Sessions: ‘No Stone Unturned’ To Find FBI Agents’ Missing Text Messages
Attorney General Jeff Sessions said Monday that the Justice Department “will leave no stone unturned” in trying to figure out how the FBI lost five months of text messages exchanged between Peter Strzok and Lisa Page, the FBI agents who exchanged anti-Trump messages while working on the Clinton and Trump investigations.
“We will leave no stone unturned to confirm with certainty why these text messages are not now available to be produced and will use every technology available to determine whether the missing messages are recoverable from another source,” Sessions said in a statement. (RELATED: FBI ‘Failed To Preserve’ Five Months Of FBI Agents’ Texts)
On Friday, the Justice Department informed six congressional committees that the FBI “failed to preserve” texts exchanged between Strzok and Page for the period between Dec. 14, 2016 and May 17, 2017.
Stephen Boyd, the Assistant Attorney General for Legislative Affairs, told the committees that “misconfiguration issues” on “many” FBI-issued Samsung 5 phones “conflicted with the FBI’s collection capabilities.”
“The result was that data that should have been automatically collected and retained for long-term storage and retrieval was not collected,” he said.
That gap in the text messages covers a crucial time period in the Russia investigation, which both Strzok and Page worked on.
During that span, the infamous Steele dossier was published by BuzzFeed News, Strzok interviewed Michael Flynn who was fired shortly after, James Comey was fired as FBI director and Robert Mueller was appointed special counsel.
The pair, who were having an affair, also worked on Special Counsel Robert Mueller’s Russia team. Page left in July 2016 before the Justice Department’s inspector general discovered her anti-Trump exchanges with Strzok. Strzok was removed from the Russia investigaiton after the inspector general shared the text messages with Mueller.
The inspector general, Michael Horowitz, was looking into Strzok and Page’s texts as part of an investigation into the FBI’s handling of the Clinton email probe. Strzok was a top investigator on that inquiry.
In the letter to the committees, which was provided to The Daily Caller on Monday, Boyd offered up a timeline of Strzok and Page’s phone misconfiguration issues.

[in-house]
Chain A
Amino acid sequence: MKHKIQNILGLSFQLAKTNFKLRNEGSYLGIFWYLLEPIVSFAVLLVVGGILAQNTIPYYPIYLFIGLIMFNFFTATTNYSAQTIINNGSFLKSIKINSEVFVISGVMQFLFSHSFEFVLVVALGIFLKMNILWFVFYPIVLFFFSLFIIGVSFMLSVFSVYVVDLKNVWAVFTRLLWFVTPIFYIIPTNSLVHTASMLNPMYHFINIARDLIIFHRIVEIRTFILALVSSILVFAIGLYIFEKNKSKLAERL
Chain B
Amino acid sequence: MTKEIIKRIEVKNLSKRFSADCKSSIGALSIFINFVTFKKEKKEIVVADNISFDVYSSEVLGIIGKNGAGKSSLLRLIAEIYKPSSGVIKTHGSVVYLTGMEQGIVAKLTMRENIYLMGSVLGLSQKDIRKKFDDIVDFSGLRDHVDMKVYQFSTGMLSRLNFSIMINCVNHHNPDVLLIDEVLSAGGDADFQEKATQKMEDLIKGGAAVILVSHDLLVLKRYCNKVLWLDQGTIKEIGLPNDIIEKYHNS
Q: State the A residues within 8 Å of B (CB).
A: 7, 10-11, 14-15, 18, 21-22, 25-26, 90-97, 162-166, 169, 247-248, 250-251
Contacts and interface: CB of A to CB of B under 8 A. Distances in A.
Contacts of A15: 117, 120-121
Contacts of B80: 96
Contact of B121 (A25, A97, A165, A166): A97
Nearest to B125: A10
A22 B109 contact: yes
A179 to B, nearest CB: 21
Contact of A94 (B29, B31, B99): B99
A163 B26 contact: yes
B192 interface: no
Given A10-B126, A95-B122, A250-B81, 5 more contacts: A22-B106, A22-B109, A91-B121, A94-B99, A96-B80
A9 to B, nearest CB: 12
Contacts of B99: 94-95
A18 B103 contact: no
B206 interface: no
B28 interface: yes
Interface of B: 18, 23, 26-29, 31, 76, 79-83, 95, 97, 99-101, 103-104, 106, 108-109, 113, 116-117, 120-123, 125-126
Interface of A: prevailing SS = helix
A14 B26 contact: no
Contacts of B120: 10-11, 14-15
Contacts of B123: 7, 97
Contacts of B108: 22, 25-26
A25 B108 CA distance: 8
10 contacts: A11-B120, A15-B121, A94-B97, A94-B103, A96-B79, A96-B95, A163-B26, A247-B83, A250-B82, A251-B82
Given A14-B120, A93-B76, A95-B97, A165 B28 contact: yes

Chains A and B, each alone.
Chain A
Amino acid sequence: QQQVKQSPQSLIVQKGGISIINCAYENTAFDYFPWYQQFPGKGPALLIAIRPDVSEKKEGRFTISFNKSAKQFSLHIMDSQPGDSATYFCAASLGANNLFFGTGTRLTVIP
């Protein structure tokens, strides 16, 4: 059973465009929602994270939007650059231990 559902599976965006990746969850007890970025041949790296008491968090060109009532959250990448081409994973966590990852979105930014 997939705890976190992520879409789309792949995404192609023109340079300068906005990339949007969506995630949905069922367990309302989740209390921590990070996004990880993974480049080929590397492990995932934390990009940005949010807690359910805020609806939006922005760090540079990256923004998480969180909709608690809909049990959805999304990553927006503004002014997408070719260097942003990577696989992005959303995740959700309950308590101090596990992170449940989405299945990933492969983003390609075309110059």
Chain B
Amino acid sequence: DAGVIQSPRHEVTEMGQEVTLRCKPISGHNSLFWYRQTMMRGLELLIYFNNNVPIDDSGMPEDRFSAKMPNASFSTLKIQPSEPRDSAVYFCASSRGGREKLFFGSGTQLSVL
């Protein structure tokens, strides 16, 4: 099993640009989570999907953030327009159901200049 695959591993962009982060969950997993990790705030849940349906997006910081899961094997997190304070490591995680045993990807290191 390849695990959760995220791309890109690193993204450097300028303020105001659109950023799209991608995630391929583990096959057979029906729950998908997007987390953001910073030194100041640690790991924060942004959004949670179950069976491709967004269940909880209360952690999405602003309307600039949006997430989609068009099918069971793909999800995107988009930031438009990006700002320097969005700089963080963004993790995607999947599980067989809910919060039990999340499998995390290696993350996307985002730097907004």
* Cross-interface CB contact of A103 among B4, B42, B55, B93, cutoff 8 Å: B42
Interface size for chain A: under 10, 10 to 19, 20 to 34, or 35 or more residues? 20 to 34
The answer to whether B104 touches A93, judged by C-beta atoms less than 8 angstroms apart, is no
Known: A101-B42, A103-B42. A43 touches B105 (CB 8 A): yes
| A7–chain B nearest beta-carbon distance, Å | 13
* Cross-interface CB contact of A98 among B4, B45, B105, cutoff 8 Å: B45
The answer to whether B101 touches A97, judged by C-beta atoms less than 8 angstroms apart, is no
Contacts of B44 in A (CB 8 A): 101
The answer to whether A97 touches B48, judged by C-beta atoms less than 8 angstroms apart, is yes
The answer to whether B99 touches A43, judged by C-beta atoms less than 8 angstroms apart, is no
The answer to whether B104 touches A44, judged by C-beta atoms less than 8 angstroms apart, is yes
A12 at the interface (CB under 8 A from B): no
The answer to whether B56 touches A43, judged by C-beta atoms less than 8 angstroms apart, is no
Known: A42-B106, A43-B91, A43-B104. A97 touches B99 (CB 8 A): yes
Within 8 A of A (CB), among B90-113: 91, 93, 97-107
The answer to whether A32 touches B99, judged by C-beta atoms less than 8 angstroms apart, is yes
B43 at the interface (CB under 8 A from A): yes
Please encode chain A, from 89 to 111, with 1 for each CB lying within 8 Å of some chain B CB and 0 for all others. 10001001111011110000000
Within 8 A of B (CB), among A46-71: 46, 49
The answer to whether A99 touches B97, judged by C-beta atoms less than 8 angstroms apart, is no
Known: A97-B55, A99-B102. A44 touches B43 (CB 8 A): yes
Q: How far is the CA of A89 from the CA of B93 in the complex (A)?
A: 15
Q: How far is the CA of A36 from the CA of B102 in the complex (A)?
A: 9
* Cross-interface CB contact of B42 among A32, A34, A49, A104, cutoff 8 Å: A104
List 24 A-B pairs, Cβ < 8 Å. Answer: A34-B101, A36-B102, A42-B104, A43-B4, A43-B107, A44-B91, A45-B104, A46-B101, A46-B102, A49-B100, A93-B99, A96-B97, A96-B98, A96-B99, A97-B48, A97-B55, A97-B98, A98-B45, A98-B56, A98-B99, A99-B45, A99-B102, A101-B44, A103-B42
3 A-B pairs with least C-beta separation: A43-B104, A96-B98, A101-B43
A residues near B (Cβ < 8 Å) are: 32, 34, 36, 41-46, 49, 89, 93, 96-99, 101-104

He told the committees that Strzok’s phone made its last connection to the FBI’s storage system on June 18, 2016. Page’s phone connected last on Dec. 13, 2016. Strzok did not connect back to the storage system until July 5, 2017, when he received a newer Samsung. Page received a Samsung 7 on May 17, allowing her to connect to the bureau’s storage system.
Boyd said that the inspector general “pieced together” Strzok and Page’s exchanges for the period June 18, 2016 to Dec. 13, 2016. After that point and for the next five months, neither officials’ phones connected to the FBI’s storage system.
The letter does not describe how many other FBI agents and officials had connectivity and storage problems. He also did not say whether the FBI still has Strzok and Page’s cell phones. The FBI declined to respond to those questions from TheDC.
In his statement, Sessions said he has spoken to IG Horowitz about the five month text message gap.
“I have spoken to the Inspector General and a review is already underway to ascertain what occurred and to determine if these records can be recovered in any other way,” Sessions said.
“If any wrongdoing were to be found to have caused this gap, appropriate legal disciplinary action measures will be taken.”
In addition to letters to Congress, Boyd provided 384 pages of text messages exchanged between Strzok and Page. Last month, the Justice Department released 375 individual messages to several committees.
The messages made available to Congress include numerous exchanges suggesting strong bias against Trump as well as some support for Clinton.
In one text, Strzok refers to Trump as an “idiot” and mocks Trump supporters.
In one troubling text, dated Aug. 15, 2016, Strzok referred to an “insurance policy” that the FBI should take out in the event of a Trump election win.
And in a May 4, 2016 text message published by the Senate Homeland Security Committee on Sunday, Strzok said that there would be “pressure” to end the Clinton email investigation because of Trump’s surge in the Republican presidential primaries.